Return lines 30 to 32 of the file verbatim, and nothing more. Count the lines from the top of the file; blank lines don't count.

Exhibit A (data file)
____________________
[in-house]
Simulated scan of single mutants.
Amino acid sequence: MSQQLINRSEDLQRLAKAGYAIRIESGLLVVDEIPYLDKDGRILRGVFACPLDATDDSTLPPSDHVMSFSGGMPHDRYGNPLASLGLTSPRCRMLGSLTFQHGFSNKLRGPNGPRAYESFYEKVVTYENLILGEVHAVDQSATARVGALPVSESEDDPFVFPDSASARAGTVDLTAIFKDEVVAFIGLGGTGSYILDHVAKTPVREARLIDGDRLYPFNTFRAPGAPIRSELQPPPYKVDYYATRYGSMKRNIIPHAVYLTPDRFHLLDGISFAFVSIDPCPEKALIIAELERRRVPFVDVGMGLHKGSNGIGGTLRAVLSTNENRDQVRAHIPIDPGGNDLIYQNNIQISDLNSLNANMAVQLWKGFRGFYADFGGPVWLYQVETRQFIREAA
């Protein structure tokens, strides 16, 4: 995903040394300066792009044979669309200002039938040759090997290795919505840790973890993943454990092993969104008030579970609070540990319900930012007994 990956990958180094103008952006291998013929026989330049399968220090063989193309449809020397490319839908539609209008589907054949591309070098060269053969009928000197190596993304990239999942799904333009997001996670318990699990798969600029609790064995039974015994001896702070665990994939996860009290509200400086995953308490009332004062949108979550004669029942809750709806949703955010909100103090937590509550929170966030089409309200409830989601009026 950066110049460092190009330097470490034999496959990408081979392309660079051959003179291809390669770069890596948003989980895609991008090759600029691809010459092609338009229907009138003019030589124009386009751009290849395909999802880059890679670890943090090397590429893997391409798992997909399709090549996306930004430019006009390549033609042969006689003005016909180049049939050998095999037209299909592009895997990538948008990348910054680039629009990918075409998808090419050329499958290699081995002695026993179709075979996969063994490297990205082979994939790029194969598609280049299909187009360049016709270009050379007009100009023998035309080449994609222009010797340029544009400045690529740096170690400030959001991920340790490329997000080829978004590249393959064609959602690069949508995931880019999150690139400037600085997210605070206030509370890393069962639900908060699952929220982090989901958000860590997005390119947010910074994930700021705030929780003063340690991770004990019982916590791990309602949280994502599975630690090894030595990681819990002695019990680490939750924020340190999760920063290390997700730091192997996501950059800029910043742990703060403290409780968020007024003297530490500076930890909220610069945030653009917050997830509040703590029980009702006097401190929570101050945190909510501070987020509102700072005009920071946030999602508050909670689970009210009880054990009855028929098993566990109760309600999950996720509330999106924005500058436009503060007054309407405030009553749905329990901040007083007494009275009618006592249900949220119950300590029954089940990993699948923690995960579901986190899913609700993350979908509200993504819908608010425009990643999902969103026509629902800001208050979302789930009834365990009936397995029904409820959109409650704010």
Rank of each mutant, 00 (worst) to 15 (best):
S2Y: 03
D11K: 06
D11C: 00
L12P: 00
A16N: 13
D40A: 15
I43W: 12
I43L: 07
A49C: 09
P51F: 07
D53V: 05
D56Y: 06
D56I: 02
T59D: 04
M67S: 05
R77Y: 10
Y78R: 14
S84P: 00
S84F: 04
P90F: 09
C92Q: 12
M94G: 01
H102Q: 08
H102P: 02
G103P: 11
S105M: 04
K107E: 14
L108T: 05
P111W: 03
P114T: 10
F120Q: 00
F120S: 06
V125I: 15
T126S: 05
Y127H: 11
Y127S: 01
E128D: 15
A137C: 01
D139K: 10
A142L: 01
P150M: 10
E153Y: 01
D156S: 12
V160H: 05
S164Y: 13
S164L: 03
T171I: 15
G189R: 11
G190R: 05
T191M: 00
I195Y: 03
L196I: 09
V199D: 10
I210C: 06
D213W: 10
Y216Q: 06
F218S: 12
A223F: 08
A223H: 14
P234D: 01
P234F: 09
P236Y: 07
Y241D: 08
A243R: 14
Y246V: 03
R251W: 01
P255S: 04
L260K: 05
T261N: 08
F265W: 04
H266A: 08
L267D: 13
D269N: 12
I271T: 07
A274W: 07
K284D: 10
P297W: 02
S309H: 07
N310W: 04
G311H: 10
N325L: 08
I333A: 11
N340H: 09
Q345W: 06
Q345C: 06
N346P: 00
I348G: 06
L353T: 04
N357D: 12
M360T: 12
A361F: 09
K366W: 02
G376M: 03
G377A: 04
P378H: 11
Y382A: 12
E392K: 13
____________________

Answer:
G103P: 11
S105M: 04
K107E: 14